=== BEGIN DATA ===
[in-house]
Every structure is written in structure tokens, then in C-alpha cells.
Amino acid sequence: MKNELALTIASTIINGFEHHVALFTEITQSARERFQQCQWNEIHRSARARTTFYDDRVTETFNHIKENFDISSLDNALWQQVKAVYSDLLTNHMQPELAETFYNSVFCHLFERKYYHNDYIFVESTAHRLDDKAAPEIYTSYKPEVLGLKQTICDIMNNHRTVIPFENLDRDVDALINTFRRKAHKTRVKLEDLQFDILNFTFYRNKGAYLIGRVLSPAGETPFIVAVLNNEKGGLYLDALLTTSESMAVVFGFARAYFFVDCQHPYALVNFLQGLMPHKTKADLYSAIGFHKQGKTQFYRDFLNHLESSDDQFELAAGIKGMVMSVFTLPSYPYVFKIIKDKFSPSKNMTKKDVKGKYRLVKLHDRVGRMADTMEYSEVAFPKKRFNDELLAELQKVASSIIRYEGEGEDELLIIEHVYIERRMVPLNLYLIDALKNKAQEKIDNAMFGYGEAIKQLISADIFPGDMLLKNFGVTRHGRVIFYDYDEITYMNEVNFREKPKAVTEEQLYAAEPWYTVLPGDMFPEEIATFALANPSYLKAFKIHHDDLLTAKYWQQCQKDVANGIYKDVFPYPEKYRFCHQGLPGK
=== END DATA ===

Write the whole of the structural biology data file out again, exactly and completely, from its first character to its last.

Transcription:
[in-house]
Every structure is written in structure tokens, then in C-alpha cells.
Amino acid sequence: MKNELALTIASTIINGFEHHVALFTEITQSARERFQQCQWNEIHRSARARTTFYDDRVTETFNHIKENFDISSLDNALWQQVKAVYSDLLTNHMQPELAETFYNSVFCHLFERKYYHNDYIFVESTAHRLDDKAAPEIYTSYKPEVLGLKQTICDIMNNHRTVIPFENLDRDVDALINTFRRKAHKTRVKLEDLQFDILNFTFYRNKGAYLIGRVLSPAGETPFIVAVLNNEKGGLYLDALLTTSESMAVVFGFARAYFFVDCQHPYALVNFLQGLMPHKTKADLYSAIGFHKQGKTQFYRDFLNHLESSDDQFELAAGIKGMVMSVFTLPSYPYVFKIIKDKFSPSKNMTKKDVKGKYRLVKLHDRVGRMADTMEYSEVAFPKKRFNDELLAELQKVASSIIRYEGEGEDELLIIEHVYIERRMVPLNLYLIDALKNKAQEKIDNAMFGYGEAIKQLISADIFPGDMLLKNFGVTRHGRVIFYDYDEITYMNEVNFREKPKAVTEEQLYAAEPWYTVLPGDMFPEEIATFALANPSYLKAFKIHHDDLLTAKYWQQCQKDVANGIYKDVFPYPEKYRFCHQGLPGK